SUCCESS CHECK ATTENDANCE, TIMELINESS & ABSENCESBeing at Work and on TimeIn order for you to get the most out of this experience youmust show up and be on time! In fact, its okay to arrive a TIP #1:little early (10-15 minutes). While not necessary, it showsyour supervisor that you are motivated, eager and ready toget started. Its most important that you are there ready tobegin at your agreed start time each day.LatenessThere may be times when you might be late for an event (See tip #1 to help avoid thissituation). If you are going to be late for any reason, you must: • Call your supervisor or the event coordinator and advise him/her of your situation. If you dont speak directly to someone, leave a message with the time you called, a brief message and your phone number so he or she can call you back.Absence Tip #2: Make sure you carry your supervisors andIf you must be absent for any reason, you must: the Internship Program Coordinators phone numbers with you. Ask for their business cards on • For an unexpected absence: First call your the first day. supervisor to let her/him know that you will not be at work. It would be helpful to provide a note the day you return to work from a parent, or doctor. • In the event of a planned absence: You should speak to your supervisor as well as send an email detailing the days/times of your absence with a minimum of 48 hours notice.HoursRemember, you are only paid for hours worked. All trainings, orientations, meetings andevents, can be included in your weekly hours. You should not work extra hours without theadvance permission of your supervisor. If you do, you may not be paid for the extra hours youworked. DRESS CODEIn professional settings, neatness and good taste in your dress and manner contribute to theimpression you make and to the morale of all employees. It also affects the business image NAFpresents to the community.During business hours or when representing NAF, you are Tip #4: Clothing should not be distracting.expected to present a clean, neat, and tasteful appearance. Youshould dress and groom yourself according to the requirements of Be comfortable!your position and accepted social standards. If your Academy hasa dress code, you are expected to adhere to it. If your Academy does not have an explicit dresscode, you should wear business casual attire to work. Remember, you are setting an examplefor your classmates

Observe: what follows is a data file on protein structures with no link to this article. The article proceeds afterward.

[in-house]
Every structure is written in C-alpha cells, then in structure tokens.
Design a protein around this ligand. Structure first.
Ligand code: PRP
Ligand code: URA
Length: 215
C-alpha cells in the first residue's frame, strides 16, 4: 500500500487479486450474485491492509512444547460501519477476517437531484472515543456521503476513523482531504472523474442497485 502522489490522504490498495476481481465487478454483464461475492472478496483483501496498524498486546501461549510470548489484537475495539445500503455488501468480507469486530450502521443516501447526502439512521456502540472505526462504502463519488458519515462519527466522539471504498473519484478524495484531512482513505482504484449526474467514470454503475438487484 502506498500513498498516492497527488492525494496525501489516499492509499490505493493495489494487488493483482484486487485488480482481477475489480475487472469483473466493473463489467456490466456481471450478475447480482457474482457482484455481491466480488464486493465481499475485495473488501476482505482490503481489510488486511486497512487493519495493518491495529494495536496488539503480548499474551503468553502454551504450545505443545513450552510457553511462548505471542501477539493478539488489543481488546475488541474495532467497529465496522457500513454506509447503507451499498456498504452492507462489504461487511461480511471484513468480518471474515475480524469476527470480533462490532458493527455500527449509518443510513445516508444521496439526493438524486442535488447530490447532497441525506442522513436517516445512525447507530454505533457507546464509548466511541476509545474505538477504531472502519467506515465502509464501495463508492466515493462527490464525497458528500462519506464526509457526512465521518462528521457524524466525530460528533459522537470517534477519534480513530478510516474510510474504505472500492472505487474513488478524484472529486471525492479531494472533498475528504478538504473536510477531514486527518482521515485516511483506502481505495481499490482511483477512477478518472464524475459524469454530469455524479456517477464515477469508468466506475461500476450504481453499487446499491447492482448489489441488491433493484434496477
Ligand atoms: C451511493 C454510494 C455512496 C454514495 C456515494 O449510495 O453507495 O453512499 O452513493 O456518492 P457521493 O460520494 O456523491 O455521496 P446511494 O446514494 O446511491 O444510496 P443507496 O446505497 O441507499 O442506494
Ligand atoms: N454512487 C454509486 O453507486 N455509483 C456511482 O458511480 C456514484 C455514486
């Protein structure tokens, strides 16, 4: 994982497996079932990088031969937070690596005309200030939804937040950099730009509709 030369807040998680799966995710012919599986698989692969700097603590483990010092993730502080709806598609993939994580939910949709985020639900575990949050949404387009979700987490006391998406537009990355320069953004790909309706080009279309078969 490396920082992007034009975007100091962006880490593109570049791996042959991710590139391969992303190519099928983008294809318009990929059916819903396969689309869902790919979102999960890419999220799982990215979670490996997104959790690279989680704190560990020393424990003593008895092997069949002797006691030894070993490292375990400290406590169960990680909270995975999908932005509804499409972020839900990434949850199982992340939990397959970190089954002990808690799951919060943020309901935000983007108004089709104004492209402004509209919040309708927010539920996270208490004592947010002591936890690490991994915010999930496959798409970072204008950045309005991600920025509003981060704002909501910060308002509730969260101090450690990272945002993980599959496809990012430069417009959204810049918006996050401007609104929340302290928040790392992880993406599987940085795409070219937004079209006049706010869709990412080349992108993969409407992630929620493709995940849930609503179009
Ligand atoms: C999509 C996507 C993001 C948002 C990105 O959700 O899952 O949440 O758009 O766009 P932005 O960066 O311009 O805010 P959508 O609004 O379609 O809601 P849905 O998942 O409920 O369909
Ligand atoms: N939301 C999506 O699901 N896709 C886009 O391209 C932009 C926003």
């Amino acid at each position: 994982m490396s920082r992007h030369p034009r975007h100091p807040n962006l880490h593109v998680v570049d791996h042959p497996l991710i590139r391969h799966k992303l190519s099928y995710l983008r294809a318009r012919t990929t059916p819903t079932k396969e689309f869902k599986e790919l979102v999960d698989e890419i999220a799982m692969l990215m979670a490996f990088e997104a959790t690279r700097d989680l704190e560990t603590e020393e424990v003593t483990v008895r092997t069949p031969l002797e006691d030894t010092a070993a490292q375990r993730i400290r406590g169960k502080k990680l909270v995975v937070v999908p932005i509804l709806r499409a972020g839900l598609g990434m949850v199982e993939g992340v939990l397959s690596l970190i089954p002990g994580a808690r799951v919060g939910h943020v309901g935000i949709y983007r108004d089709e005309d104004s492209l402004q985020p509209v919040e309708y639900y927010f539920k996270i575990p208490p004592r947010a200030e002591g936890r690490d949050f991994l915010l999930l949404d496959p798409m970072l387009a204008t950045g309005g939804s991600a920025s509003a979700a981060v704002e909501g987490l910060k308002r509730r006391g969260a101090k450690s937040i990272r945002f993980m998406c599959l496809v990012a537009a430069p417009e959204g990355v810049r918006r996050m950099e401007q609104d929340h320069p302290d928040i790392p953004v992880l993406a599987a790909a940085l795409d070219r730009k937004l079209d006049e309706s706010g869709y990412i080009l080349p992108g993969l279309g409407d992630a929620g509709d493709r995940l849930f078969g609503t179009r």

SUCCESS CHECKListed below is a general overview of acceptable casual business wear as well as a listing ofsome of the more common items that are not appropriate for the office. Obviously, neithergroup is intended to be all-inclusive. Rather, these items should help set the generalparameters for proper casual business wear and allow you to make intelligent judgments aboutitems that are not specifically addressed.Examples of acceptable casual business wear include: • Khakis or slacks • casual dresses and skirts (at least knee-length!) • casual shirts and blouses • golf shirts • turtlenecks • sweaters • loafers • deck shoes • flats • dress sandalsExamples of inappropriate clothing items that should not be worn on casual days include: • sweatpants • warm-up or jogging suits and pants • spandex or other form fitting pants • miniskirts • spaghetti-strap dresses • T-shirts or sweatshirts with offensive messages or images • tank tops • halter tops • tops with bare shoulders unless worn under a blouse or jacket • visible undergarmentsFor some, traditional business attire may simply remain a more favored option or may benecessary when attending meetings or on other business occasions.